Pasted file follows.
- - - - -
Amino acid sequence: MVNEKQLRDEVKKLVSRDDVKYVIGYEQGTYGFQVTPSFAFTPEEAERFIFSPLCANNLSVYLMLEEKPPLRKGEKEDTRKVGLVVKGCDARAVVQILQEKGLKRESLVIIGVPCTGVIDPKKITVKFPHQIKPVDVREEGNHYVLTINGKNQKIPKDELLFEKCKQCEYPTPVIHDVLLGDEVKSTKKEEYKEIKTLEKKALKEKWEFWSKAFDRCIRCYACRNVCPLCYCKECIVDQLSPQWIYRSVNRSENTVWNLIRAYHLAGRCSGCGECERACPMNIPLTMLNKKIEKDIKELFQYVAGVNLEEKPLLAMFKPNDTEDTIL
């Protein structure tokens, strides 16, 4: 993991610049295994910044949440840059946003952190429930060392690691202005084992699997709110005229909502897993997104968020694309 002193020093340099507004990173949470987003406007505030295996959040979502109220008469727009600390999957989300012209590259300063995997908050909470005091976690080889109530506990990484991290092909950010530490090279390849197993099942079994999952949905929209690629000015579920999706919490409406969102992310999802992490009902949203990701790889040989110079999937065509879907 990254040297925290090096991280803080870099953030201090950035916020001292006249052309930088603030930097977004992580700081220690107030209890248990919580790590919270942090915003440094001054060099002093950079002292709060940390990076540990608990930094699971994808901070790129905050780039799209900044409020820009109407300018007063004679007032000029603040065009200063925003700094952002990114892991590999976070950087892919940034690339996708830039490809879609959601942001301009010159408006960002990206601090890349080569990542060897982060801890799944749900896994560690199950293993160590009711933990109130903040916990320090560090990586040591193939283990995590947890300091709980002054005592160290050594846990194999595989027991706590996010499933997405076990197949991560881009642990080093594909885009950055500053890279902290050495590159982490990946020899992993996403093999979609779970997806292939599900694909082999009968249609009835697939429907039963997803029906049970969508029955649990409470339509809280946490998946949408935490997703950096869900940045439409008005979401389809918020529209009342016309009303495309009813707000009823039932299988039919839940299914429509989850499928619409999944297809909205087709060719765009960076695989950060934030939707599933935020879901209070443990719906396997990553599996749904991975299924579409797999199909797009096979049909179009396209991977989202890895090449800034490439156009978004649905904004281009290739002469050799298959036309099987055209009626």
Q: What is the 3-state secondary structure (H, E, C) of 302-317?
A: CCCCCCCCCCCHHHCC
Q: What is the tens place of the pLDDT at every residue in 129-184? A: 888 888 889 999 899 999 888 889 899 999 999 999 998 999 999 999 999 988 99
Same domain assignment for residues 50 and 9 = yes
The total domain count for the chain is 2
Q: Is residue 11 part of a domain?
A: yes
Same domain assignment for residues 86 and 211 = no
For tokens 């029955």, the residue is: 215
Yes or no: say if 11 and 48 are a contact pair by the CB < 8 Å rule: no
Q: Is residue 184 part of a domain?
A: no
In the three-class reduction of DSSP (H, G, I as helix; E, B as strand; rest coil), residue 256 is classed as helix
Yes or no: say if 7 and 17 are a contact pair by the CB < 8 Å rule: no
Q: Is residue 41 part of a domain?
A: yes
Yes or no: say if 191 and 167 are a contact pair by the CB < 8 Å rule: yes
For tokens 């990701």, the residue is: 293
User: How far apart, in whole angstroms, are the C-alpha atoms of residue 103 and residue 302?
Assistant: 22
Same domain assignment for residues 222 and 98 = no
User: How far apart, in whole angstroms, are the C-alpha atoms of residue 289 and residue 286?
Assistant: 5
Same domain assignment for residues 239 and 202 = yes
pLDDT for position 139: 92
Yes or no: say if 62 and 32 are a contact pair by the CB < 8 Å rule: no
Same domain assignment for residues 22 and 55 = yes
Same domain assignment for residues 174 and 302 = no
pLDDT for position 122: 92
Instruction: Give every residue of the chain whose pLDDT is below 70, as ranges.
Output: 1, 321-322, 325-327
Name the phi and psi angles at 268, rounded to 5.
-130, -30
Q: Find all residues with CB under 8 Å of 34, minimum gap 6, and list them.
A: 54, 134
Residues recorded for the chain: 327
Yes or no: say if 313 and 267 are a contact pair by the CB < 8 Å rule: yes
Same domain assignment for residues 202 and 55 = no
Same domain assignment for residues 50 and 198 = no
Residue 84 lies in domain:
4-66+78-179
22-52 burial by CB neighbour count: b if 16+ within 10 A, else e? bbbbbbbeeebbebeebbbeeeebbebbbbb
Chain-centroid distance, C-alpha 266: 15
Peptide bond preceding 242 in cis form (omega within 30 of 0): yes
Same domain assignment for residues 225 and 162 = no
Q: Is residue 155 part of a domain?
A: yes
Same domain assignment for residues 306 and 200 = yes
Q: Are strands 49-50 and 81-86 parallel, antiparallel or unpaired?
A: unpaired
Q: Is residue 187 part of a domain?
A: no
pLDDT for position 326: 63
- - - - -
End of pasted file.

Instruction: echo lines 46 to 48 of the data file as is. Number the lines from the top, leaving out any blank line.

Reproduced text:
Peptide bond preceding 242 in cis form (omega within 30 of 0): yes
Same domain assignment for residues 225 and 162 = no
Q: Is residue 155 part of a domain?